How I Met Your Mother s9/e11 Bedtime Stories

How I Met Your Mother S9/E11 “Bedtime Stories” Review

The way I see it, fans will fall into two categories when it comes to this episode. Either you will think it’s totally lame, or you will applaud the glorious effort. Personally, I found myself more into the latter category. Having been a fan of poetry for many years, I could appreciate the difficult task the writers set for themselves in “Bedtime Stories”, an episode that rhymes from start to finish. As I said, this is no simple task, but for the most part, the gambit pays off as the actors are able to deliver their lines without breaking a sweat.

How I Met Your Mother S9/E10 “Mom and Dad” Review

We are still 25 hours from the wedding, but since this seemed to be more of a one off episode, I can forgive the writers a bit for not pushing the story forward a ton. Basically, Marshall and baby Marvin are now on a bus to the wedding and Marshall is attempting to get baby Marvin to sleep. Unfortunately, Marshall swapped his bag of baby books with some woman on the bus, and this begins the story that Marshall shares with us.

We get three stories in total, one about Ted, one about Robin, and one about Barney. The first story up involves Ted going on a “date/not date” with a pretty young new professor. I thought this episode was the weakest of the three, as we don’t really learn anything new about Ted and we know the date won’t go past this episode. Still, the Yankee guessing game ended up being very funny and well written.

The second story involves Robin tackling an exes stolen wedding cake. Once again, we didn’t get a whole lot of new information about Robin’s character, but we got a very funny story with a pretty epic conclusion. Robin runs into an old boyfriend at a cake shop and ends up stealing the man’s wedding cake. This story also bounces back to the passengers on the bus with Marshall, who get involved in the rhyming storm as well. Of course, after each story, baby Marvin is reawakened somehow and we are led into the next story.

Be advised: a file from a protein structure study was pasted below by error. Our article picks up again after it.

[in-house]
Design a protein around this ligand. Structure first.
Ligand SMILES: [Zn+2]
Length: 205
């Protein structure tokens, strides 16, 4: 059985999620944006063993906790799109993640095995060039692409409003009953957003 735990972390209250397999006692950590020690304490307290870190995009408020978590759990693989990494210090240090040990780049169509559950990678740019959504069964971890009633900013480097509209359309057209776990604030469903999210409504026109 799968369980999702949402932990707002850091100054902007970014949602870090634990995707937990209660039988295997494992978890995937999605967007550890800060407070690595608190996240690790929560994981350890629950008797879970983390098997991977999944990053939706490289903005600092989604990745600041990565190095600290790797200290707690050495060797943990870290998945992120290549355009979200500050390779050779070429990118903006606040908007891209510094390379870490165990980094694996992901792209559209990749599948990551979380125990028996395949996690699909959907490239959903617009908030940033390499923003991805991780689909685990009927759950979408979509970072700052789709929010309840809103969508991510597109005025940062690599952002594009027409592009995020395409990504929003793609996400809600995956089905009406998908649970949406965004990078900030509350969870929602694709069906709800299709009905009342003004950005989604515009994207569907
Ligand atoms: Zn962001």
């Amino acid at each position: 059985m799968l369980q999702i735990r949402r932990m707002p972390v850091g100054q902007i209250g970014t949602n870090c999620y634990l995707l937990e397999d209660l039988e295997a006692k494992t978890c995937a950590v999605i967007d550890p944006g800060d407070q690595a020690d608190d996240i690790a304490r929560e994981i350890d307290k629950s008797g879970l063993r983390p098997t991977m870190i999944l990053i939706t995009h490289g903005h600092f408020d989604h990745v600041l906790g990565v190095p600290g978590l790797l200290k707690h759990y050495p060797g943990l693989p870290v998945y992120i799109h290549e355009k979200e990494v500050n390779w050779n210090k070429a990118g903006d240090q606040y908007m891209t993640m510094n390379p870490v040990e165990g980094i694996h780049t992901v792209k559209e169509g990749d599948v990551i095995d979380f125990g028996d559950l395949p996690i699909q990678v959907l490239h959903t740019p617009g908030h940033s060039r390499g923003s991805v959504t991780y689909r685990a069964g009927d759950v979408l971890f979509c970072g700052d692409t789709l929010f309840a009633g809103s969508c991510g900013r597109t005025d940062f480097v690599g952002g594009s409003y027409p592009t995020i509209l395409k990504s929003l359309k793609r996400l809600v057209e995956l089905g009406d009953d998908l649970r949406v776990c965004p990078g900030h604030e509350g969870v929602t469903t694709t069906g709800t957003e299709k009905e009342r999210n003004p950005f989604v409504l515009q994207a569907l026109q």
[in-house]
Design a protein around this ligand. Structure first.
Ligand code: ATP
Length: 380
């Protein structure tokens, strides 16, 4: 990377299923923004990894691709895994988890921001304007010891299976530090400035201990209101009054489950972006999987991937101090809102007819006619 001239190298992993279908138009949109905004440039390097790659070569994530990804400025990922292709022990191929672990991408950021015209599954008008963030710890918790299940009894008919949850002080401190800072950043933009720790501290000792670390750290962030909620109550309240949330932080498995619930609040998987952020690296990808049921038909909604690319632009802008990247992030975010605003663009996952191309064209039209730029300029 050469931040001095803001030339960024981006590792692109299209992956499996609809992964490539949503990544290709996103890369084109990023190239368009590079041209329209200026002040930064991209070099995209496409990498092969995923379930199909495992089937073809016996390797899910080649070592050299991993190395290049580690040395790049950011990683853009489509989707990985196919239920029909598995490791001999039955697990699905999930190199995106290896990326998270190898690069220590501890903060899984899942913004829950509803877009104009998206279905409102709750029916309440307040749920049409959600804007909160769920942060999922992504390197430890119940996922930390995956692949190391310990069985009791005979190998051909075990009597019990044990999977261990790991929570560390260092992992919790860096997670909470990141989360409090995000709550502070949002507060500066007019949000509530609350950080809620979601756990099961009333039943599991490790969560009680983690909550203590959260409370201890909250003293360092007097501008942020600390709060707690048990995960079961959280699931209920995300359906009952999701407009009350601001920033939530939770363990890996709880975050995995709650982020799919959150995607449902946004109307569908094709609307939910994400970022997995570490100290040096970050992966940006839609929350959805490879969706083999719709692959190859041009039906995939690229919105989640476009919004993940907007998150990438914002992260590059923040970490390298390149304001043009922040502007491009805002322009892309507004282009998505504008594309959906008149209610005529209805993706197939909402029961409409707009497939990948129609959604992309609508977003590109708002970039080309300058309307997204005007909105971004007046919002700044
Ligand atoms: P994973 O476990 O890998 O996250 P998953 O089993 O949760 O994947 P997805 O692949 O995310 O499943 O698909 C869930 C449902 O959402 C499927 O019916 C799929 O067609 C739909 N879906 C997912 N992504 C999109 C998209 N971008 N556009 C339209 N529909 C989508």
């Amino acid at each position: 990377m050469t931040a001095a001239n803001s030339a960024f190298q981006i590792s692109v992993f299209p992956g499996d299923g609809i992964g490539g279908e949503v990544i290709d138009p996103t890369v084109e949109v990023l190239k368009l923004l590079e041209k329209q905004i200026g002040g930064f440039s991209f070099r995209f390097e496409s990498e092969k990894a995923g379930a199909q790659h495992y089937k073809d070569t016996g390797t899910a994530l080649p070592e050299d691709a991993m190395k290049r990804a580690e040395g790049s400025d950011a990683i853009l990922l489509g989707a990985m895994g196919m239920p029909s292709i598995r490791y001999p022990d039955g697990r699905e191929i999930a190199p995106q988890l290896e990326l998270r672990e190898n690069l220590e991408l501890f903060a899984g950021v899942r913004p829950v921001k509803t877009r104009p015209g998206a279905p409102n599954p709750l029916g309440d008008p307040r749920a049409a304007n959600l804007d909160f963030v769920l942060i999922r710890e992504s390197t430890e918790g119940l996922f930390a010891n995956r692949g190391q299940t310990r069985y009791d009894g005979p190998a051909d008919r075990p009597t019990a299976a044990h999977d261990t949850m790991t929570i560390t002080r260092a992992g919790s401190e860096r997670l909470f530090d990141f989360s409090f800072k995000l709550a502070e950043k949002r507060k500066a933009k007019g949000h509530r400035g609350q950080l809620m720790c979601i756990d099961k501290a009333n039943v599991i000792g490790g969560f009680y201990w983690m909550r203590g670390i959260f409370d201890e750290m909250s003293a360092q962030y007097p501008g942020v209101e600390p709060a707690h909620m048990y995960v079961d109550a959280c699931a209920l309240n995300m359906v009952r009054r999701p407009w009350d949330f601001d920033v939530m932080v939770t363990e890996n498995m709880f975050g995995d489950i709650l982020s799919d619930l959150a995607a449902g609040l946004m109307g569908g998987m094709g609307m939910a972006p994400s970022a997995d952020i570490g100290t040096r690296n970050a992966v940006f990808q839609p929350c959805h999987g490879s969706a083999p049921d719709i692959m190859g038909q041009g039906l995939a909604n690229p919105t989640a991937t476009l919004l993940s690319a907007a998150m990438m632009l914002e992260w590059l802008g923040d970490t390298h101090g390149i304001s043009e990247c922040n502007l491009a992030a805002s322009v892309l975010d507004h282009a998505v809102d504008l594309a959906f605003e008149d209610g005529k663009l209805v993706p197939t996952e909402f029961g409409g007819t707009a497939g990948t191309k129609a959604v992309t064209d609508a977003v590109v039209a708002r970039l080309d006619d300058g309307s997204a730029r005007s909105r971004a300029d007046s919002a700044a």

Barney’s story, which is probably my favorite, involves him being called before the High Council of Players, which involves different versions of Barney from different ethnic and social backgrounds. From here, we are told the story of how Barney becomes the “Player King of New York City”. We aren’t treated to anything life shattering or groundbreaking here, but seeing Neil Patrick Harris argue with 5 versions of himself was a pretty fantastic scene.

As the episode ran on, I found myself more and more impressed with how consistent and how witty the dialogue actually was. So much, in fact, that I ended up watching the episode a second time before reviewing it, just to make sure I heard as much as possible. Like anything this ambitious, the whole thing doesn’t work. Some lines are a bit generic or flat but on the whole this was an exceptionally well rounded episode. Perhaps its best feature was the ending, which promised that Marshall may finally be arriving at the wedding next episode. If you like musicals, or poems, you will probably enjoy what the writers have done here more so than others. I know I did!

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